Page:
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This paper has three objectives. First, we develop an equilibrium pricing model in which consumers have incomplete information about both product qualities and prices…
This paper has three objectives. First, we develop an equilibrium pricing model in which consumers have incomplete information about both product qualities and prices. Specifically, manufacturers can use high prices to signal high quality to uninformed consumers. Furthermore, prices of any given brand can vary geographically across retail outlets. We show that previous models are special cases of our model. Specifically, the hedonic regression model assumes that consumers have full information about all product qualities and prices. Second, we propose a methodology for testing price‐signaling models. Third, we test our model using data from consumer reports for several consumer durable and nondurable products. The results show that firms use prices to signal quality, regardless of whether they market durable or nondurable products. The results do not support the popular theory that markets for experience goods are more efficient than those for search goods. Finally, our model outperforms the standard hedonic regression model for four of the five product categories analyzed.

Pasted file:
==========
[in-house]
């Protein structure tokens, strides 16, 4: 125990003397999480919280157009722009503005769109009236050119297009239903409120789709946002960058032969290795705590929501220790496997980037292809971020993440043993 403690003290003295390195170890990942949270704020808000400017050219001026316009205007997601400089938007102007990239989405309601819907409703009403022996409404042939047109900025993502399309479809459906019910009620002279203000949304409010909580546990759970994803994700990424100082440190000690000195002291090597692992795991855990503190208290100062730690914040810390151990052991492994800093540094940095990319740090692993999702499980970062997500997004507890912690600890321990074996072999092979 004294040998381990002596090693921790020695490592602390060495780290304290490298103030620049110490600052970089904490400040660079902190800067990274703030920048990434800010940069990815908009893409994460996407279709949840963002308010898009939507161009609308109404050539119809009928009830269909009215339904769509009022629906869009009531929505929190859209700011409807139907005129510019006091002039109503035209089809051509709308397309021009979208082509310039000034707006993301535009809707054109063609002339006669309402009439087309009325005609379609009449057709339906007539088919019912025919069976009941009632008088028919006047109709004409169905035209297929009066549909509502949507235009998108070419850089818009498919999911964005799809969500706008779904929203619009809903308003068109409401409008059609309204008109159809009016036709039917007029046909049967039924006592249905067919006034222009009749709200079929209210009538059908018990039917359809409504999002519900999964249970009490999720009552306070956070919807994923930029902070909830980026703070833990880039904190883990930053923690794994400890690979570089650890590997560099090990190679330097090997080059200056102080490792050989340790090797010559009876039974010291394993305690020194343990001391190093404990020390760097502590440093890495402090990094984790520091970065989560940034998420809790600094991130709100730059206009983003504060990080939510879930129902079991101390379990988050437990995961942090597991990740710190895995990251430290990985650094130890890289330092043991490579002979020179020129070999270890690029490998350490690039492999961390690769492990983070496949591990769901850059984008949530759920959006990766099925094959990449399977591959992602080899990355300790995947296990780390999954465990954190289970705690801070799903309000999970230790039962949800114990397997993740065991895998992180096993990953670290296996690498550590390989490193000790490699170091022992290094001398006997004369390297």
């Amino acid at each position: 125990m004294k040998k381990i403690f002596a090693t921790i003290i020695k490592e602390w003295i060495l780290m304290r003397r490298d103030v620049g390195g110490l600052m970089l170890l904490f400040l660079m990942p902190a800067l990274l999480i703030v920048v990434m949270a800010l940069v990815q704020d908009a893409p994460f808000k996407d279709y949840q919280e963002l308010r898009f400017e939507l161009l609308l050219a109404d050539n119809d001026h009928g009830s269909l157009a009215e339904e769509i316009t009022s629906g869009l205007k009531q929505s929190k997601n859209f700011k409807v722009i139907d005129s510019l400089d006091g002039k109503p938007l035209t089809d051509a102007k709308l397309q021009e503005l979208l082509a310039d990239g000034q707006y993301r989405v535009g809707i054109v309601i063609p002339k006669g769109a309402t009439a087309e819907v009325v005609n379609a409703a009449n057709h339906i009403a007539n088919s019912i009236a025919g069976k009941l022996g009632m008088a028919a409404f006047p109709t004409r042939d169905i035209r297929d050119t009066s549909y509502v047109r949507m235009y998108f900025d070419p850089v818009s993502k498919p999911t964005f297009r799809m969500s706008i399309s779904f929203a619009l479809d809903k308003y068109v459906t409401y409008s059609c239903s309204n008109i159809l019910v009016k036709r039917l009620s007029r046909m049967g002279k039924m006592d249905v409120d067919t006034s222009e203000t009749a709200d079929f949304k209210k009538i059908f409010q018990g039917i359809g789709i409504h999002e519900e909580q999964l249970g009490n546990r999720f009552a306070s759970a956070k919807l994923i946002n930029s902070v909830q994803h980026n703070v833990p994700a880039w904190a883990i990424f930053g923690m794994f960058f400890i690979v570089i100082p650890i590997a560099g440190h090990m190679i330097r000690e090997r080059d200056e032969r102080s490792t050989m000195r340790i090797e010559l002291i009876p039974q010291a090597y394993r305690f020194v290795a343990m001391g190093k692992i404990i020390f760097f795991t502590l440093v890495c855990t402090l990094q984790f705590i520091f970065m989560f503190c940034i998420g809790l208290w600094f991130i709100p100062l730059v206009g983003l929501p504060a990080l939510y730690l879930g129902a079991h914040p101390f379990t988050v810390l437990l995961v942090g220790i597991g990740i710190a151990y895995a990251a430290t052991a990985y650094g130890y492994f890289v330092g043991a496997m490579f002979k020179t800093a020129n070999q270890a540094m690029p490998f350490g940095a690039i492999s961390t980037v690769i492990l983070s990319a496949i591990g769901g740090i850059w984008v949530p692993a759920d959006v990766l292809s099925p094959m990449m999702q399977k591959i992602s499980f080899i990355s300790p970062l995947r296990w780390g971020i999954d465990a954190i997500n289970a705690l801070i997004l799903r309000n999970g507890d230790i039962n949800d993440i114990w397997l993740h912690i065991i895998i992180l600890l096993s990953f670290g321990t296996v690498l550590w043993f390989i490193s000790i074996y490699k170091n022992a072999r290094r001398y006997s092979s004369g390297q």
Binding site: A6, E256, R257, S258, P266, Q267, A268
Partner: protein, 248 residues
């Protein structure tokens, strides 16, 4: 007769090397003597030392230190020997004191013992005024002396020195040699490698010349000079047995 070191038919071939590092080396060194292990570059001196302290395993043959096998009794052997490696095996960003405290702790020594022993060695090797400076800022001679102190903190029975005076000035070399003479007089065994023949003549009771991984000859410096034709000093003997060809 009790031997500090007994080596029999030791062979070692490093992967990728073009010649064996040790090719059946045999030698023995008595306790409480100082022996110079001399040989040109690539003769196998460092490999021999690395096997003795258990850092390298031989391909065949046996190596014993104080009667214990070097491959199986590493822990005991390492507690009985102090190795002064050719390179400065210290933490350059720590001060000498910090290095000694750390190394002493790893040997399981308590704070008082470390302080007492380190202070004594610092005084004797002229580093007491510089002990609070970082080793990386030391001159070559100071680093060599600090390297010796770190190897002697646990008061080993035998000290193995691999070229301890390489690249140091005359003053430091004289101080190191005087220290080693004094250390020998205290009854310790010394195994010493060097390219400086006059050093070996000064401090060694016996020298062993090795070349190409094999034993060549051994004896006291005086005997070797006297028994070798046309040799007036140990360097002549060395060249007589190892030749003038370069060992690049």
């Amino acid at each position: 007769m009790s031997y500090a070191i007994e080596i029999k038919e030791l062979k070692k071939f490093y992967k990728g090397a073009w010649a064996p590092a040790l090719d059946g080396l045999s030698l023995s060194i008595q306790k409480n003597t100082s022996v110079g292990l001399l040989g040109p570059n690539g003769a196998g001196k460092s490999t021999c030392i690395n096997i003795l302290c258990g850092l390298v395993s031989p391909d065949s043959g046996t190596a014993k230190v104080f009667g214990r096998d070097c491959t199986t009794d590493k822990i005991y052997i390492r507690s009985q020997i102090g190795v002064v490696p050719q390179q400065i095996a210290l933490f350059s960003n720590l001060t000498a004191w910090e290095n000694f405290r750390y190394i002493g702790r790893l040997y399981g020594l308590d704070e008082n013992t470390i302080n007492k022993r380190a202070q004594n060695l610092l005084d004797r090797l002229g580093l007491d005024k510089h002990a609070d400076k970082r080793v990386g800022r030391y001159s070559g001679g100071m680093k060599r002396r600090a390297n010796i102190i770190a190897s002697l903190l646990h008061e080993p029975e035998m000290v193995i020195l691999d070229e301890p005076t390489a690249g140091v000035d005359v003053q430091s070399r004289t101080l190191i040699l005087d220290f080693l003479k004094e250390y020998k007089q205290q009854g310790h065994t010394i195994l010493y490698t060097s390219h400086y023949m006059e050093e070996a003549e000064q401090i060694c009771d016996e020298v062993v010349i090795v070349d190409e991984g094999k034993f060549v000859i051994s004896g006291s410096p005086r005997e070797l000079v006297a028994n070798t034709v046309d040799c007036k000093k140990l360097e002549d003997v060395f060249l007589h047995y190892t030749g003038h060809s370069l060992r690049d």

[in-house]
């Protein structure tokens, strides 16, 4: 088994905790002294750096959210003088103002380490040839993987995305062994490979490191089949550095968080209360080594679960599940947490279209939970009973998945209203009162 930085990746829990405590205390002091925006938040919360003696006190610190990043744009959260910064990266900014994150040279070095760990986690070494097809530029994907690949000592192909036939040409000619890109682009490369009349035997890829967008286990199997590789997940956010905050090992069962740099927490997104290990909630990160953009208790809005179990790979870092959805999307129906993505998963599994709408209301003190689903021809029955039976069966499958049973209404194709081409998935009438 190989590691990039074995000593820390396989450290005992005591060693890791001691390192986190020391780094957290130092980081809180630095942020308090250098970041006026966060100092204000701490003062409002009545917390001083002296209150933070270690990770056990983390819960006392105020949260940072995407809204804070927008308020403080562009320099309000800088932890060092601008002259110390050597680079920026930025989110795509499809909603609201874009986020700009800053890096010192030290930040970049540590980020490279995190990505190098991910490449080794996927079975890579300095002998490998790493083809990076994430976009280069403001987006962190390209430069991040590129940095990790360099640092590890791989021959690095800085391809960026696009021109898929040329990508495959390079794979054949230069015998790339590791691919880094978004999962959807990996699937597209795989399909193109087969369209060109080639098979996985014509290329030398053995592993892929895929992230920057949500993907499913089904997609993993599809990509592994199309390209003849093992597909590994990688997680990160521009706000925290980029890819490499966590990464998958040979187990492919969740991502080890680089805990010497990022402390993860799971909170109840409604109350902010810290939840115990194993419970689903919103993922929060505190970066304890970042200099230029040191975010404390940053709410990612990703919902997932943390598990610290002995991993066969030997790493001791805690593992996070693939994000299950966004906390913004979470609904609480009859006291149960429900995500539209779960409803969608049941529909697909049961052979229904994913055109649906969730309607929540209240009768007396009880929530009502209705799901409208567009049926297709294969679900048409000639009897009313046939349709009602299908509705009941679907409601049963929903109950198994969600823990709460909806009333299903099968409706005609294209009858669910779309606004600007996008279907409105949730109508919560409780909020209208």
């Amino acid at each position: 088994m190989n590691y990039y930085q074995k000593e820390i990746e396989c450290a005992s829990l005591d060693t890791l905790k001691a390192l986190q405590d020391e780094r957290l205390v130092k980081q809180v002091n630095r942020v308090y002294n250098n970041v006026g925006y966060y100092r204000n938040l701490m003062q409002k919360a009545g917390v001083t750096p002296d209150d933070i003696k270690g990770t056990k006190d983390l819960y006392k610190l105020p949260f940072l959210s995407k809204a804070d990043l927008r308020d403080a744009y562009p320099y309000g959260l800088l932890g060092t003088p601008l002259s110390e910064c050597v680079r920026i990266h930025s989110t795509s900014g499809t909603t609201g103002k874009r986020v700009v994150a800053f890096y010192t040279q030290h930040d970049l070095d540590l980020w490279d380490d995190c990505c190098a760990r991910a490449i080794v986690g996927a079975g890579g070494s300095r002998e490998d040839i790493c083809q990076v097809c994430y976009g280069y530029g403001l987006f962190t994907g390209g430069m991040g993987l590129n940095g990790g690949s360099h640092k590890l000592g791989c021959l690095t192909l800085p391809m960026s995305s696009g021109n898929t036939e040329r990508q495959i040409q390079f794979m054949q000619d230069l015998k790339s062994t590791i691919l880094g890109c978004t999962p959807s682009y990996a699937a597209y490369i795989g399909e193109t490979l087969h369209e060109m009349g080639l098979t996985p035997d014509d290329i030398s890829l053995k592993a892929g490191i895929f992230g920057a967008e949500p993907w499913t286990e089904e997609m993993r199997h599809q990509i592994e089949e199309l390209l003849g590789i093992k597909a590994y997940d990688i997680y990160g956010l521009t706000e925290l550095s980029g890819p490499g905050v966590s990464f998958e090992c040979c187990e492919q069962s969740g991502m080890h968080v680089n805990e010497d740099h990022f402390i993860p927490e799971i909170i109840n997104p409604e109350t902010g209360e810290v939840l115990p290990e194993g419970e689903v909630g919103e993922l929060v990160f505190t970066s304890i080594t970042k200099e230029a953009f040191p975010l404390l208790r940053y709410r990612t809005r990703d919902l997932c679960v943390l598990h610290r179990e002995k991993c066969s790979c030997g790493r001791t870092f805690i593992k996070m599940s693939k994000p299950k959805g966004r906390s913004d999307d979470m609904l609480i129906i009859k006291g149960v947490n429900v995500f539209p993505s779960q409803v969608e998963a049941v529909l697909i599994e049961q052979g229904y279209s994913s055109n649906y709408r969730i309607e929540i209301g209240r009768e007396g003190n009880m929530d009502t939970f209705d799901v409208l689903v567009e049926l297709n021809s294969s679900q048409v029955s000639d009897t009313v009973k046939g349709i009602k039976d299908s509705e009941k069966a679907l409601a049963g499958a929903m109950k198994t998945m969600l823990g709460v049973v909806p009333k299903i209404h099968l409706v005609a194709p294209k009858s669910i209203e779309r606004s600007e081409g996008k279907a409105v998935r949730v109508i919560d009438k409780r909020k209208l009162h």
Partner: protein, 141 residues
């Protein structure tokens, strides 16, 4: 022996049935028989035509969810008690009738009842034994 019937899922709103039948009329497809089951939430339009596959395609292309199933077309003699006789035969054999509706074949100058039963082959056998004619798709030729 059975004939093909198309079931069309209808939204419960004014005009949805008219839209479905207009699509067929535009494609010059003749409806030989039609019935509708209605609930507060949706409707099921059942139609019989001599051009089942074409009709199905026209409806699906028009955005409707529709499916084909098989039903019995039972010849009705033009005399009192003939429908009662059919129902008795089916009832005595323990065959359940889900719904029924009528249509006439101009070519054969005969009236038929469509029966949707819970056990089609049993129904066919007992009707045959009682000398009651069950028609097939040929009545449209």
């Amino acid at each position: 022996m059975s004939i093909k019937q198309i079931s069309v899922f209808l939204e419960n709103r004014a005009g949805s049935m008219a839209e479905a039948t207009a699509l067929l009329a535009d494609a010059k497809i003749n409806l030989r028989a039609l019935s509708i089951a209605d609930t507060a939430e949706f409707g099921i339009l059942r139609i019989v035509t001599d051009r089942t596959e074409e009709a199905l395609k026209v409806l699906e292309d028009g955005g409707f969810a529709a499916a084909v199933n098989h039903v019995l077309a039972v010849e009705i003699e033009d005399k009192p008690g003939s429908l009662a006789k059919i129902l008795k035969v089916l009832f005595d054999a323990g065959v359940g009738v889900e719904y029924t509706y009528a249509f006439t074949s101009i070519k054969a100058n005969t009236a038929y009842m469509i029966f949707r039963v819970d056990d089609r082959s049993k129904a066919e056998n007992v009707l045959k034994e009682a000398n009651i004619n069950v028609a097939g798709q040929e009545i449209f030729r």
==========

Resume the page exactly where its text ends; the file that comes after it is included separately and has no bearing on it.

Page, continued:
The purpose of this study is to investigate how origin information for wine products influences retail sales. The growing variety of products and the generally singular…
The purpose of this study is to investigate how origin information for wine products influences retail sales. The growing variety of products and the generally singular origin of wine products makes this market particularly sensitive to origin information. The origin of wine is often perceived as an indicator of quality and is used as the basis of decision making when purchasing wine products. This study empirically tests a portion of Johansson's framework for the use of origin information through both a market survey and a field experiment to determine the predictive value on market position for a group of wine products from the Texas region. The results of the survey and the field experiment were consistent and found that emphasizing the origin of Texas wine significantly influenced retail sales. These results also indicate that special displays and increased retail shelf space do not always have a positive effect on sales of the displayed products. Therefore, it is important for retail managers to first identify whether the image of the wine's origin is perceived positively or negatively before using origin information in store displays.